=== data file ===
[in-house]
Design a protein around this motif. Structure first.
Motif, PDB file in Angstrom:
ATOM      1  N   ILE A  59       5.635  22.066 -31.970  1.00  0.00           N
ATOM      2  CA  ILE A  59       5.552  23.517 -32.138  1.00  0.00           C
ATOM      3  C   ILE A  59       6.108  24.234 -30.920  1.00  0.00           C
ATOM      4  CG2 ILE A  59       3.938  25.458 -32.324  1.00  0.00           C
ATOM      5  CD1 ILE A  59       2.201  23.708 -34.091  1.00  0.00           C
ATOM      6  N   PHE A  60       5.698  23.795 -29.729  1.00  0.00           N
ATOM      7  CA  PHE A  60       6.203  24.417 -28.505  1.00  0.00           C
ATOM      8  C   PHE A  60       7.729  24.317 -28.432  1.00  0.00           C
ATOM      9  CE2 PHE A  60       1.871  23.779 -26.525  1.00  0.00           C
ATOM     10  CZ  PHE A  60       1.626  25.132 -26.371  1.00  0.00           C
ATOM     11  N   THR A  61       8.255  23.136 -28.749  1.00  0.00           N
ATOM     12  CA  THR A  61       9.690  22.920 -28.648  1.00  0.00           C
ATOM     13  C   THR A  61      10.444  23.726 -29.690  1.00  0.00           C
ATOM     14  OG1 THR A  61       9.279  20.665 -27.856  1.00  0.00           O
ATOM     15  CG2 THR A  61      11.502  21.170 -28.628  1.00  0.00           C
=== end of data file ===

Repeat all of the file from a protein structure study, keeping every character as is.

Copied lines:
[in-house]
Design a protein around this motif. Structure first.
Motif, PDB file in Angstrom:
ATOM      1  N   ILE A  59       5.635  22.066 -31.970  1.00  0.00           N
ATOM      2  CA  ILE A  59       5.552  23.517 -32.138  1.00  0.00           C
ATOM      3  C   ILE A  59       6.108  24.234 -30.920  1.00  0.00           C
ATOM      4  CG2 ILE A  59       3.938  25.458 -32.324  1.00  0.00           C
ATOM      5  CD1 ILE A  59       2.201  23.708 -34.091  1.00  0.00           C
ATOM      6  N   PHE A  60       5.698  23.795 -29.729  1.00  0.00           N
ATOM      7  CA  PHE A  60       6.203  24.417 -28.505  1.00  0.00           C
ATOM      8  C   PHE A  60       7.729  24.317 -28.432  1.00  0.00           C
ATOM      9  CE2 PHE A  60       1.871  23.779 -26.525  1.00  0.00           C
ATOM     10  CZ  PHE A  60       1.626  25.132 -26.371  1.00  0.00           C
ATOM     11  N   THR A  61       8.255  23.136 -28.749  1.00  0.00           N
ATOM     12  CA  THR A  61       9.690  22.920 -28.648  1.00  0.00           C
ATOM     13  C   THR A  61      10.444  23.726 -29.690  1.00  0.00           C
ATOM     14  OG1 THR A  61       9.279  20.665 -27.856  1.00  0.00           O
ATOM     15  CG2 THR A  61      11.502  21.170 -28.628  1.00  0.00           C